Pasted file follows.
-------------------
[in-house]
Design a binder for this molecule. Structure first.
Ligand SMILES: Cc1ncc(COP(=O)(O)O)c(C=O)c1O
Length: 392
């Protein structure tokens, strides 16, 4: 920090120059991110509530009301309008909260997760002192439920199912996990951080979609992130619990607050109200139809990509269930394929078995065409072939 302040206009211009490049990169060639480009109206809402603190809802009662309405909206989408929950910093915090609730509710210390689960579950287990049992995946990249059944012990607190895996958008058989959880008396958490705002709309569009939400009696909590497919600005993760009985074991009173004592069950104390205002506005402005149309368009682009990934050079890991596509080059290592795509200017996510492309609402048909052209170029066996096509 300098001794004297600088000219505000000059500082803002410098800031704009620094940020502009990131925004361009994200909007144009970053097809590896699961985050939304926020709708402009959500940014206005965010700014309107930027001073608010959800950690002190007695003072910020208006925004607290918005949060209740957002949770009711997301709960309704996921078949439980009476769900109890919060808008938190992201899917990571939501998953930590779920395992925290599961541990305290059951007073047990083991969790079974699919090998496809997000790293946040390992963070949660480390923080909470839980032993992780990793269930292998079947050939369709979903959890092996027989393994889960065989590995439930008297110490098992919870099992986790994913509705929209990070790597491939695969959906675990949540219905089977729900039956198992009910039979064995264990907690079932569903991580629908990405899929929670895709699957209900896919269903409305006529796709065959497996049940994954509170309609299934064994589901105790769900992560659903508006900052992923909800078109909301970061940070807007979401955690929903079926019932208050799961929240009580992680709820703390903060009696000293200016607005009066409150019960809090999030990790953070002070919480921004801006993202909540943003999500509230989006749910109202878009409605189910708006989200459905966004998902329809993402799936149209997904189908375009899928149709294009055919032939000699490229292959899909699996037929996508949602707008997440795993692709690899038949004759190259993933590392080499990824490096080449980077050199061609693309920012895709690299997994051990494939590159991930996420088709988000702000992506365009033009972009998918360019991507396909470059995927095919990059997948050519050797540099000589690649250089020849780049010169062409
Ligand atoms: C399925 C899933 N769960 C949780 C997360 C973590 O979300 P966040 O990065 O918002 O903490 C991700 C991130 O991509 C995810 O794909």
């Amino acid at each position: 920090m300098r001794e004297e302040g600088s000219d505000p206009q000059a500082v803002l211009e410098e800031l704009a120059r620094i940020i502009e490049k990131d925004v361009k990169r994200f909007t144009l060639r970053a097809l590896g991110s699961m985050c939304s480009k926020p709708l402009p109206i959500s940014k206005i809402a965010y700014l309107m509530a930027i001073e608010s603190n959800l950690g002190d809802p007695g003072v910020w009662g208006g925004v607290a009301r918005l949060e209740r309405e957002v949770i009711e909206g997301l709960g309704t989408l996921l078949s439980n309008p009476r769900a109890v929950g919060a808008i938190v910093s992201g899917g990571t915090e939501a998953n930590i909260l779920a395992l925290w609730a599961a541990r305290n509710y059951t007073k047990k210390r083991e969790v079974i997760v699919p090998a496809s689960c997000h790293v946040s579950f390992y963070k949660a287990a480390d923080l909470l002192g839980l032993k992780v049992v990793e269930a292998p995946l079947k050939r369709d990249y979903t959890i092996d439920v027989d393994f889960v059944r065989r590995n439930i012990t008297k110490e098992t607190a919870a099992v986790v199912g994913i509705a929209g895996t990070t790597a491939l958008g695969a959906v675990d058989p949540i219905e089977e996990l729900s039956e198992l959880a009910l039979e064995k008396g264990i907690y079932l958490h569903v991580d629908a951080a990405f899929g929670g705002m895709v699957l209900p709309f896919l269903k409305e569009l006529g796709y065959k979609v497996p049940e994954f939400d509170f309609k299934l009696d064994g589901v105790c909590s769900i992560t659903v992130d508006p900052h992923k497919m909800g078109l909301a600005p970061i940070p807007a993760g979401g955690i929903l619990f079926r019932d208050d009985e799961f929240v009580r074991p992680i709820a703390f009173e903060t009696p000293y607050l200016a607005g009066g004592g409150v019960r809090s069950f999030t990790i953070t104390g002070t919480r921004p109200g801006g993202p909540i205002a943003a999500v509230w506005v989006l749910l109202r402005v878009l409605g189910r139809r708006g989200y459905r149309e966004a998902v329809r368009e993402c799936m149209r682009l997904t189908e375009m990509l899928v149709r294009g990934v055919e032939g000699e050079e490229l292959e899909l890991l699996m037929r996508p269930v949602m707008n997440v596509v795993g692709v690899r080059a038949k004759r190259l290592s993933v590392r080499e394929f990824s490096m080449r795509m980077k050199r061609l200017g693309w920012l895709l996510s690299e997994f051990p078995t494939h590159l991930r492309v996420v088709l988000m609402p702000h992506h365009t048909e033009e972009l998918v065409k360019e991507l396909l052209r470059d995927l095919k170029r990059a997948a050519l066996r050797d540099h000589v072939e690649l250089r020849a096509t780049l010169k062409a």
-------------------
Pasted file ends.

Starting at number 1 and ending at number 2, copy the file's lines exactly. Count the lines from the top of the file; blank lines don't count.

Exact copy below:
[in-house]
Design a binder for this molecule. Structure first.